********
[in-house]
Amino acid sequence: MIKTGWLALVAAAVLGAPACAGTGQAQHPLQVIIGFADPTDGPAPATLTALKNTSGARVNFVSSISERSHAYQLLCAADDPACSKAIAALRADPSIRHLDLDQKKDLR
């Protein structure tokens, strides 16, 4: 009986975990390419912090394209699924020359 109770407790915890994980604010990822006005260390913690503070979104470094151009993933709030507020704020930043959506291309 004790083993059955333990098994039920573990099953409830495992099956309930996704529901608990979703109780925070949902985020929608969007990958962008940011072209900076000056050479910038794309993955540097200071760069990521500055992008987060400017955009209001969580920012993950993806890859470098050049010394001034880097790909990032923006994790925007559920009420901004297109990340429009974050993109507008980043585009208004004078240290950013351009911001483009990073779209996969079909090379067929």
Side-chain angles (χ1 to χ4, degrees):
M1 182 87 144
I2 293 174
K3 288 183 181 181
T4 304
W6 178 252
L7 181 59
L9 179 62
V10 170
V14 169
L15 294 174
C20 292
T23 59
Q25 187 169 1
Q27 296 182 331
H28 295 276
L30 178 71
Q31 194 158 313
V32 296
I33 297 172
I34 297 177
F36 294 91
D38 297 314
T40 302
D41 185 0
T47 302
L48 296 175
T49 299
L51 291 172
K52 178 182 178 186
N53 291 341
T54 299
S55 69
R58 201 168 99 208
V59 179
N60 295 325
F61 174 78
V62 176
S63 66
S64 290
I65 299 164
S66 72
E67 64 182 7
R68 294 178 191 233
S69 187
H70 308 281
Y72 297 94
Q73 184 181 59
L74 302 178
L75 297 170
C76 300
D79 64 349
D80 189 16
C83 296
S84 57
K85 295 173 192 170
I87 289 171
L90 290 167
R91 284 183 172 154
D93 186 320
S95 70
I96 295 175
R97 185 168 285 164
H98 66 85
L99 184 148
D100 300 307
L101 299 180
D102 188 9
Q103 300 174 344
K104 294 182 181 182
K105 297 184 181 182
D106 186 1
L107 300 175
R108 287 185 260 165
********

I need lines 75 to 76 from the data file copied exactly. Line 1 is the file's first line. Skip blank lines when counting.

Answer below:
D106 186 1
L107 300 175